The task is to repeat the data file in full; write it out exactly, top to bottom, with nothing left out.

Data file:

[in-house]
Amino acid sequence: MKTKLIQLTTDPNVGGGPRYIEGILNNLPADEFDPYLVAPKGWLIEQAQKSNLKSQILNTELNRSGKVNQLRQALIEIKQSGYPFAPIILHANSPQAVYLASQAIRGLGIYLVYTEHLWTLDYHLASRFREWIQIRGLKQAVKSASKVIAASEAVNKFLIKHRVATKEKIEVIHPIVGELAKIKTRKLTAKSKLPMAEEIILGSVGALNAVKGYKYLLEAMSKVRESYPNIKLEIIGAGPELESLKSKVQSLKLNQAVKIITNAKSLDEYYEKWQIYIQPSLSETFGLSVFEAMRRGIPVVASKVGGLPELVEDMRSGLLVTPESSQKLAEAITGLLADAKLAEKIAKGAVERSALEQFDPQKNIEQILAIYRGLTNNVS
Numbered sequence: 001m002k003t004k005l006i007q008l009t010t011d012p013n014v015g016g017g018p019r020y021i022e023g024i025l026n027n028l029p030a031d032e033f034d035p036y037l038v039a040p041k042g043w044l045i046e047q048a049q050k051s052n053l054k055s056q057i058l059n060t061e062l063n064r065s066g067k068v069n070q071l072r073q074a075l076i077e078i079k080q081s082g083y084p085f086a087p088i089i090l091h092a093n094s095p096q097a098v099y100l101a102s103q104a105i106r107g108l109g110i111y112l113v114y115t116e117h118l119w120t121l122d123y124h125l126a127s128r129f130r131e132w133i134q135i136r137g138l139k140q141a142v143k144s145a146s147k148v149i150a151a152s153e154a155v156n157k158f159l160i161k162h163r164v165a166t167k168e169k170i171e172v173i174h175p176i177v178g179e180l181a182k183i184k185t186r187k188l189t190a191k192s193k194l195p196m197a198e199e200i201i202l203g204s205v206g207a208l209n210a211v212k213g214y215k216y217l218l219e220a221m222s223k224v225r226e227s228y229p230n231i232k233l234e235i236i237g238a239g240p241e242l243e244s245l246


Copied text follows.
[in-house]
Amino acid sequence: MKTKLIQLTTDPNVGGGPRYIEGILNNLPADEFDPYLVAPKGWLIEQAQKSNLKSQILNTELNRSGKVNQLRQALIEIKQSGYPFAPIILHANSPQAVYLASQAIRGLGIYLVYTEHLWTLDYHLASRFREWIQIRGLKQAVKSASKVIAASEAVNKFLIKHRVATKEKIEVIHPIVGELAKIKTRKLTAKSKLPMAEEIILGSVGALNAVKGYKYLLEAMSKVRESYPNIKLEIIGAGPELESLKSKVQSLKLNQAVKIITNAKSLDEYYEKWQIYIQPSLSETFGLSVFEAMRRGIPVVASKVGGLPELVEDMRSGLLVTPESSQKLAEAITGLLADAKLAEKIAKGAVERSALEQFDPQKNIEQILAIYRGLTNNVS
Numbered sequence: 001m002k003t004k005l006i007q008l009t010t011d012p013n014v015g016g017g018p019r020y021i022e023g024i025l026n027n028l029p030a031d032e033f034d035p036y037l038v039a040p041k042g043w044l045i046e047q048a049q050k051s052n053l054k055s056q057i058l059n060t061e062l063n064r065s066g067k068v069n070q071l072r073q074a075l076i077e078i079k080q081s082g083y084p085f086a087p088i089i090l091h092a093n094s095p096q097a098v099y100l101a102s103q104a105i106r107g108l109g110i111y112l113v114y115t116e117h118l119w120t121l122d123y124h125l126a127s128r129f130r131e132w133i134q135i136r137g138l139k140q141a142v143k144s145a146s147k148v149i150a151a152s153e154a155v156n157k158f159l160i161k162h163r164v165a166t167k168e169k170i171e172v173i174h175p176i177v178g179e180l181a182k183i184k185t186r187k188l189t190a191k192s193k194l195p196m197a198e199e200i201i202l203g204s205v206g207a208l209n210a211v212k213g214y215k216y217l218l219e220a221m222s223k224v225r226e227s228y229p230n231i232k233l234e235i236i237g238a239g240p241e242l243e244s245l246